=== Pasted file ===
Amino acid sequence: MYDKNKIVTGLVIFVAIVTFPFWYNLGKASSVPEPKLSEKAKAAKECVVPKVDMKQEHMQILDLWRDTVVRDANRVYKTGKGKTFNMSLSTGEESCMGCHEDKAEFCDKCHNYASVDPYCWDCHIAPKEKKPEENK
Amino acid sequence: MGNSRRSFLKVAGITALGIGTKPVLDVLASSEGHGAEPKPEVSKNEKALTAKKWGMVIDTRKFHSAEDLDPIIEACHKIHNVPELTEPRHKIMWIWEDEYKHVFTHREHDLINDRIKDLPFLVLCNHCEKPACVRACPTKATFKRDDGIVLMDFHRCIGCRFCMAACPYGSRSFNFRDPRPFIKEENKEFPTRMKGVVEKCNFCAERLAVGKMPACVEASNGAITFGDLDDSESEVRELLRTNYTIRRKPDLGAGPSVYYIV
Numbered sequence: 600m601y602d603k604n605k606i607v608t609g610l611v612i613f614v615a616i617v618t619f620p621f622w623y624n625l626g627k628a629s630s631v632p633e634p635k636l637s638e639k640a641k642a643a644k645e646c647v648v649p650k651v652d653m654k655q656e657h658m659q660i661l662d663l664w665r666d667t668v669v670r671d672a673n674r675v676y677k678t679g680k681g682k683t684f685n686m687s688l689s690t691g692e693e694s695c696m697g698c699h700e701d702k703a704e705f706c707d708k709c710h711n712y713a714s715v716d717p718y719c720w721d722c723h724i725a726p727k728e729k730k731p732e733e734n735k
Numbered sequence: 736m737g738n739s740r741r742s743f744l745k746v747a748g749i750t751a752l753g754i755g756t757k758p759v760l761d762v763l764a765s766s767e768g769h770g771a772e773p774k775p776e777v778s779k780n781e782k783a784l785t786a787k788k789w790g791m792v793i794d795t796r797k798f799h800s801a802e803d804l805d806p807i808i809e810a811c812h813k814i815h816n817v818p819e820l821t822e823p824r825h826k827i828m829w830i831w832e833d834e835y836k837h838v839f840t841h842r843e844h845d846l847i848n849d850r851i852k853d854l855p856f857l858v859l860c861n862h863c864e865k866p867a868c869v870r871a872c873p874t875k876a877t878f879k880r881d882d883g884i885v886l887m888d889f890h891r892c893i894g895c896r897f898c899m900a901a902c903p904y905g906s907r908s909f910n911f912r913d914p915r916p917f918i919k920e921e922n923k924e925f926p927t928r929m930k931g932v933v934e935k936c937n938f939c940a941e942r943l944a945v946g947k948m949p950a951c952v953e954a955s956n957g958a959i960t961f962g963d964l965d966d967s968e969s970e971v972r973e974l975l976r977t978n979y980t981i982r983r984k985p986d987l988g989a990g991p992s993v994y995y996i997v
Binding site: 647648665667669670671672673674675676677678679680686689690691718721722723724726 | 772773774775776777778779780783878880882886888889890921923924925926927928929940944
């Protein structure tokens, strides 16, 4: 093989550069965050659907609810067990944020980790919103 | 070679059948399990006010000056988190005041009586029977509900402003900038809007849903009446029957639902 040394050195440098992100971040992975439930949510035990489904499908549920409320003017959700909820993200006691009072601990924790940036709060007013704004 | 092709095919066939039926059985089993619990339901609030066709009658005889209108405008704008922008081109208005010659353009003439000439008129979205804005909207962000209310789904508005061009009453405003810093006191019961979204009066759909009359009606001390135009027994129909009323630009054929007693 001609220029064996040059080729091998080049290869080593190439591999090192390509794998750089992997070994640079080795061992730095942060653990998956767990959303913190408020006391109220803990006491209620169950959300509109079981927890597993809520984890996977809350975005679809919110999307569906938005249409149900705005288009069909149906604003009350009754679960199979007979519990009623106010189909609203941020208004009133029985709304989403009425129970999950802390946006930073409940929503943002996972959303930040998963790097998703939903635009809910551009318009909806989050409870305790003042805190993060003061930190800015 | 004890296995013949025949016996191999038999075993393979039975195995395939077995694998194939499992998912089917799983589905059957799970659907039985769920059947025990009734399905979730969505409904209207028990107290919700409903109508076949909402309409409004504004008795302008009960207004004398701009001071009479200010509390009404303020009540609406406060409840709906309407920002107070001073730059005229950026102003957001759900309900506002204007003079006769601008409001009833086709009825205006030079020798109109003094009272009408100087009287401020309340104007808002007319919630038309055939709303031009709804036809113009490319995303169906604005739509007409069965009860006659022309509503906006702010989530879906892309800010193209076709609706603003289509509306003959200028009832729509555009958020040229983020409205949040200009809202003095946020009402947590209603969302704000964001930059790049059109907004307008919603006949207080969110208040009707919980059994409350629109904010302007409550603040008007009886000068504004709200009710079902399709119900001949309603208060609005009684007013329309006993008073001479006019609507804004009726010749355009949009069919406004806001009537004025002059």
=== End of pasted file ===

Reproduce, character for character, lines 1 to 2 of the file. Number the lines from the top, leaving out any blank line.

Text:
Amino acid sequence: MYDKNKIVTGLVIFVAIVTFPFWYNLGKASSVPEPKLSEKAKAAKECVVPKVDMKQEHMQILDLWRDTVVRDANRVYKTGKGKTFNMSLSTGEESCMGCHEDKAEFCDKCHNYASVDPYCWDCHIAPKEKKPEENK
Amino acid sequence: MGNSRRSFLKVAGITALGIGTKPVLDVLASSEGHGAEPKPEVSKNEKALTAKKWGMVIDTRKFHSAEDLDPIIEACHKIHNVPELTEPRHKIMWIWEDEYKHVFTHREHDLINDRIKDLPFLVLCNHCEKPACVRACPTKATFKRDDGIVLMDFHRCIGCRFCMAACPYGSRSFNFRDPRPFIKEENKEFPTRMKGVVEKCNFCAERLAVGKMPACVEASNGAITFGDLDDSESEVRELLRTNYTIRRKPDLGAGPSVYYIV